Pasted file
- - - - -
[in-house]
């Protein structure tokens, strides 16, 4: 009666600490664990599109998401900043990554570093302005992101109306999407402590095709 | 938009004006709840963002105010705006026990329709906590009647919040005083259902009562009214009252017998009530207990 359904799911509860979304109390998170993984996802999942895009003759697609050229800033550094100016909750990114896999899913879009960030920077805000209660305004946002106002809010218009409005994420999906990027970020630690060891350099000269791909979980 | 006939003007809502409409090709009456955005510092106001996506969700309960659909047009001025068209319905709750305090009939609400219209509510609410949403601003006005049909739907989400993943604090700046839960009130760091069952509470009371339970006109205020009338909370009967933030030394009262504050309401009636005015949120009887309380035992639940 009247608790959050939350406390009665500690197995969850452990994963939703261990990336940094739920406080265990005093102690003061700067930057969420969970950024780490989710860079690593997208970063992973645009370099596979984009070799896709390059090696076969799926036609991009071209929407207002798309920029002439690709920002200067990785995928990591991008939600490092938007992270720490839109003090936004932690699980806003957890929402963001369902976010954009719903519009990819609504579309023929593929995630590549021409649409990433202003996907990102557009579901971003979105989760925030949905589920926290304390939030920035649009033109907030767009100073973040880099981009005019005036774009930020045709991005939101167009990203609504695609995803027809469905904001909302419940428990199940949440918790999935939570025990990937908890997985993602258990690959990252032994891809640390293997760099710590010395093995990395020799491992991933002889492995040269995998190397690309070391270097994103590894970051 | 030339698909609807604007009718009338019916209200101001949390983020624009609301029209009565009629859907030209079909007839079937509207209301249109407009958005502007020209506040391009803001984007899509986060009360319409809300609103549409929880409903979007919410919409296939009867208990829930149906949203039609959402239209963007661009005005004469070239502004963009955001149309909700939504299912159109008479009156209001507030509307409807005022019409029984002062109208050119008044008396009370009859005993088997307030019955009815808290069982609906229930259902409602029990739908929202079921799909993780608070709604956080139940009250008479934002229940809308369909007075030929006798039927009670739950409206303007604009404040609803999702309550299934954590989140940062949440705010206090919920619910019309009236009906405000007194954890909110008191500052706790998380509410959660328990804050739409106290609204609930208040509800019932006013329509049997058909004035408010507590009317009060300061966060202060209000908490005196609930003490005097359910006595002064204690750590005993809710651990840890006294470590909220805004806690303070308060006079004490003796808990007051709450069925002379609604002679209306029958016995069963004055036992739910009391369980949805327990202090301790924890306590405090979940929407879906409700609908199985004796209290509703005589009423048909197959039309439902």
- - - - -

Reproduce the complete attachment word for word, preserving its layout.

[in-house]
């Protein structure tokens, strides 16, 4: 009666600490664990599109998401900043990554570093302005992101109306999407402590095709 | 938009004006709840963002105010705006026990329709906590009647919040005083259902009562009214009252017998009530207990 359904799911509860979304109390998170993984996802999942895009003759697609050229800033550094100016909750990114896999899913879009960030920077805000209660305004946002106002809010218009409005994420999906990027970020630690060891350099000269791909979980 | 006939003007809502409409090709009456955005510092106001996506969700309960659909047009001025068209319905709750305090009939609400219209509510609410949403601003006005049909739907989400993943604090700046839960009130760091069952509470009371339970006109205020009338909370009967933030030394009262504050309401009636005015949120009887309380035992639940 009247608790959050939350406390009665500690197995969850452990994963939703261990990336940094739920406080265990005093102690003061700067930057969420969970950024780490989710860079690593997208970063992973645009370099596979984009070799896709390059090696076969799926036609991009071209929407207002798309920029002439690709920002200067990785995928990591991008939600490092938007992270720490839109003090936004932690699980806003957890929402963001369902976010954009719903519009990819609504579309023929593929995630590549021409649409990433202003996907990102557009579901971003979105989760925030949905589920926290304390939030920035649009033109907030767009100073973040880099981009005019005036774009930020045709991005939101167009990203609504695609995803027809469905904001909302419940428990199940949440918790999935939570025990990937908890997985993602258990690959990252032994891809640390293997760099710590010395093995990395020799491992991933002889492995040269995998190397690309070391270097994103590894970051 | 030339698909609807604007009718009338019916209200101001949390983020624009609301029209009565009629859907030209079909007839079937509207209301249109407009958005502007020209506040391009803001984007899509986060009360319409809300609103549409929880409903979007919410919409296939009867208990829930149906949203039609959402239209963007661009005005004469070239502004963009955001149309909700939504299912159109008479009156209001507030509307409807005022019409029984002062109208050119008044008396009370009859005993088997307030019955009815808290069982609906229930259902409602029990739908929202079921799909993780608070709604956080139940009250008479934002229940809308369909007075030929006798039927009670739950409206303007604009404040609803999702309550299934954590989140940062949440705010206090919920619910019309009236009906405000007194954890909110008191500052706790998380509410959660328990804050739409106290609204609930208040509800019932006013329509049997058909004035408010507590009317009060300061966060202060209000908490005196609930003490005097359910006595002064204690750590005993809710651990840890006294470590909220805004806690303070308060006079004490003796808990007051709450069925002379609604002679209306029958016995069963004055036992739910009391369980949805327990202090301790924890306590405090979940929407879906409700609908199985004796209290509703005589009423048909197959039309439902």